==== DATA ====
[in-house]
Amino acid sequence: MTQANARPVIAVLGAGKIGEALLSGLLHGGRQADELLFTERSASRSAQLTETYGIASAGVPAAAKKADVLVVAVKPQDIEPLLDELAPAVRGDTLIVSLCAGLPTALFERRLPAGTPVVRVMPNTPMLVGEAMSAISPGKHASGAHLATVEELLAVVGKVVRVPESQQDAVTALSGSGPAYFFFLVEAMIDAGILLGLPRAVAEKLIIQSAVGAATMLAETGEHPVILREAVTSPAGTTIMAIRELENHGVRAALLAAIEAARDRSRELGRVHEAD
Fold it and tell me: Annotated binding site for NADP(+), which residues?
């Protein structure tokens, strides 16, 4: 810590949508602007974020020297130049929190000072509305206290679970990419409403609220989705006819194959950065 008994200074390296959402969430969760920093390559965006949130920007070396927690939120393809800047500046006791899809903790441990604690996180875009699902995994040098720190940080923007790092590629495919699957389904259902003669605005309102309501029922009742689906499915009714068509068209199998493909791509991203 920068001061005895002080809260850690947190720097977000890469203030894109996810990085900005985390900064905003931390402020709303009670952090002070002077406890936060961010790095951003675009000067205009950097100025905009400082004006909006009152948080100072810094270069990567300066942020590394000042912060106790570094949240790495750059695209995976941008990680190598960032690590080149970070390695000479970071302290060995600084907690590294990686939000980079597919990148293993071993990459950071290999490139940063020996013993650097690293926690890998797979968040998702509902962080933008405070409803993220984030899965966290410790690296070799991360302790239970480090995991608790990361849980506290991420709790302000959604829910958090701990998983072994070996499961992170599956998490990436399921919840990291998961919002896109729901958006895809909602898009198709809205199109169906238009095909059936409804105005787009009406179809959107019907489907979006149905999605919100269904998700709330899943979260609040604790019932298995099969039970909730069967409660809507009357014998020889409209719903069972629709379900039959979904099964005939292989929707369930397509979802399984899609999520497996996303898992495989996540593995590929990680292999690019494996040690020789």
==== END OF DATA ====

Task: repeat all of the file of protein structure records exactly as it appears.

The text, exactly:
[in-house]
Amino acid sequence: MTQANARPVIAVLGAGKIGEALLSGLLHGGRQADELLFTERSASRSAQLTETYGIASAGVPAAAKKADVLVVAVKPQDIEPLLDELAPAVRGDTLIVSLCAGLPTALFERRLPAGTPVVRVMPNTPMLVGEAMSAISPGKHASGAHLATVEELLAVVGKVVRVPESQQDAVTALSGSGPAYFFFLVEAMIDAGILLGLPRAVAEKLIIQSAVGAATMLAETGEHPVILREAVTSPAGTTIMAIRELENHGVRAALLAAIEAARDRSRELGRVHEAD
Fold it and tell me: Annotated binding site for NADP(+), which residues?
């Protein structure tokens, strides 16, 4: 810590949508602007974020020297130049929190000072509305206290679970990419409403609220989705006819194959950065 008994200074390296959402969430969760920093390559965006949130920007070396927690939120393809800047500046006791899809903790441990604690996180875009699902995994040098720190940080923007790092590629495919699957389904259902003669605005309102309501029922009742689906499915009714068509068209199998493909791509991203 920068001061005895002080809260850690947190720097977000890469203030894109996810990085900005985390900064905003931390402020709303009670952090002070002077406890936060961010790095951003675009000067205009950097100025905009400082004006909006009152948080100072810094270069990567300066942020590394000042912060106790570094949240790495750059695209995976941008990680190598960032690590080149970070390695000479970071302290060995600084907690590294990686939000980079597919990148293993071993990459950071290999490139940063020996013993650097690293926690890998797979968040998702509902962080933008405070409803993220984030899965966290410790690296070799991360302790239970480090995991608790990361849980506290991420709790302000959604829910958090701990998983072994070996499961992170599956998490990436399921919840990291998961919002896109729901958006895809909602898009198709809205199109169906238009095909059936409804105005787009009406179809959107019907489907979006149905999605919100269904998700709330899943979260609040604790019932298995099969039970909730069967409660809507009357014998020889409209719903069972629709379900039959979904099964005939292989929707369930397509979802399984899609999520497996996303898992495989996540593995590929990680292999690019494996040690020789």